That was FTX's plan -- the high-profile cryptocurrency exchange, now disgraced, that filed for bankruptcy.
Some might blame the lack of regulation for a business that seemingly had little understanding and underpinning. But maybe also blamed the patina of normalized marketing --- TV through commercials, buying naming right signage on a big sports arena like in Miami.
In 2021, Miami-Dade County commissioners approved a 19-year, $135 million naming-rights deal with FTX to change the name of the American Airlines Arena to FTX Arena. Now the arena wants FTX out.
It’s not just FTX contributing to the normality of a business still deemed the wild west by many. It wasn't that long ago -- on NBC's airing of the “Super Bowl” -- we witness plenty of TV commercials with one big box office movie star, Matt Damon, fronting for Cypto.com, touting that “fortune favors the brave.”
So FTX exchange backers, and investors on the services itself, still feeling brave? Collateral damage from the FTX fallout has also been affecting other providers and investors in the business.
FTX also had a slew of big-name celebrity/athlete marketing promoters -- the Golden State Warriors' Stephen Curry, tennis star Naomi Osaka, basketball great Shaquille O'Neal, the NFL's Tom Brady, model Gisele Bundchen, "Seinfeld" and "Curb Your Enthusiasm" creator Larry David, and others.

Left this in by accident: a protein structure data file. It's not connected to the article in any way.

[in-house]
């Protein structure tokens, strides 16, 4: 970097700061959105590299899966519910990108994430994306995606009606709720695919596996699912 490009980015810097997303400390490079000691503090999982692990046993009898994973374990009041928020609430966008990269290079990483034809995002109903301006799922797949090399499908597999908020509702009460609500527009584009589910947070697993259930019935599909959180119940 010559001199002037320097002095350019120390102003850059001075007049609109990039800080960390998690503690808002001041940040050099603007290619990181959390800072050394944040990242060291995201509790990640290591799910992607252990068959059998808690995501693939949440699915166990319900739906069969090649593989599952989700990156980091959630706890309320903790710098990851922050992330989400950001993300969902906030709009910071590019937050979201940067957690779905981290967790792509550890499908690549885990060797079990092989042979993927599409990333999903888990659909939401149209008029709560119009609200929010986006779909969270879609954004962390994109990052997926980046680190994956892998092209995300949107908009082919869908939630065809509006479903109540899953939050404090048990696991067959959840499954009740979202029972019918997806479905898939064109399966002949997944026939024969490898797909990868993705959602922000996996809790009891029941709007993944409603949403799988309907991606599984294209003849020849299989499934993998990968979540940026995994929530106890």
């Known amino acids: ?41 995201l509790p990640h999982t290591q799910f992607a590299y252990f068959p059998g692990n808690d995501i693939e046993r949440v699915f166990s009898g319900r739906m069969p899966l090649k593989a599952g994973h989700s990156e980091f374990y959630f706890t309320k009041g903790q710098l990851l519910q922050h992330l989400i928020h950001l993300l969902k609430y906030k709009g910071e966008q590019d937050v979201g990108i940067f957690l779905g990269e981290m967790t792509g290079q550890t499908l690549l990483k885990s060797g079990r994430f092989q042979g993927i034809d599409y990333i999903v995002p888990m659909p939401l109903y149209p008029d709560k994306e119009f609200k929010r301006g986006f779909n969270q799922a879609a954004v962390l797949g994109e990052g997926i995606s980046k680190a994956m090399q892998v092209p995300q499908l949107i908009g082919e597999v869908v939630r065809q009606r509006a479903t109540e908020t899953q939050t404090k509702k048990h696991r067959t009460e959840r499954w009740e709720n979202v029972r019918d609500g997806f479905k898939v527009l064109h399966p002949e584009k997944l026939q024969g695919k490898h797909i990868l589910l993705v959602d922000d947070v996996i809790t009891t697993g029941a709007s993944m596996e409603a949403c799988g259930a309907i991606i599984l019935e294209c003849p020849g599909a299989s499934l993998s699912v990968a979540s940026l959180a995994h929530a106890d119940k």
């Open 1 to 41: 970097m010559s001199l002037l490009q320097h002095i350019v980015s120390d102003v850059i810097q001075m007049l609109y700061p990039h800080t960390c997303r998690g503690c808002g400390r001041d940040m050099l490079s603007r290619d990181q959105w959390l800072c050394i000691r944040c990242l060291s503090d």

Should we be blaming marketing, social media, and star appeal for the dramatic fall?
FTX spent $60 million on national TV advertising from November 2021 to November 2022, according to iSpot.tv. Crypto.com plunked down $83 million during that period.
Millions more were paid to celebrity endorsers. A recent lawsuit against FTX said the company was operating a “Ponzi” scheme using “the biggest names in sports and entertainment ... to raise funds and drive American consumers to invest.”
New investment products are, of course, always a risk, And in advertising you can find many end-of-marketing-message warnings for potential consumers/investors that markets can go up and down -- sometimes dramatically.
Deep down, veteran investors all know the drill. And if you have been paying attention to any TV business shows of the last several years, and via other platforms, the fragile cryptocurrency market has seen its share of market troubles of late.
The FTX lawsuit specifically blames the company for Americans losing up to $11 billion. But should the finger -- in part, even tangentially -- also be pointed at the advertising-supported media as well?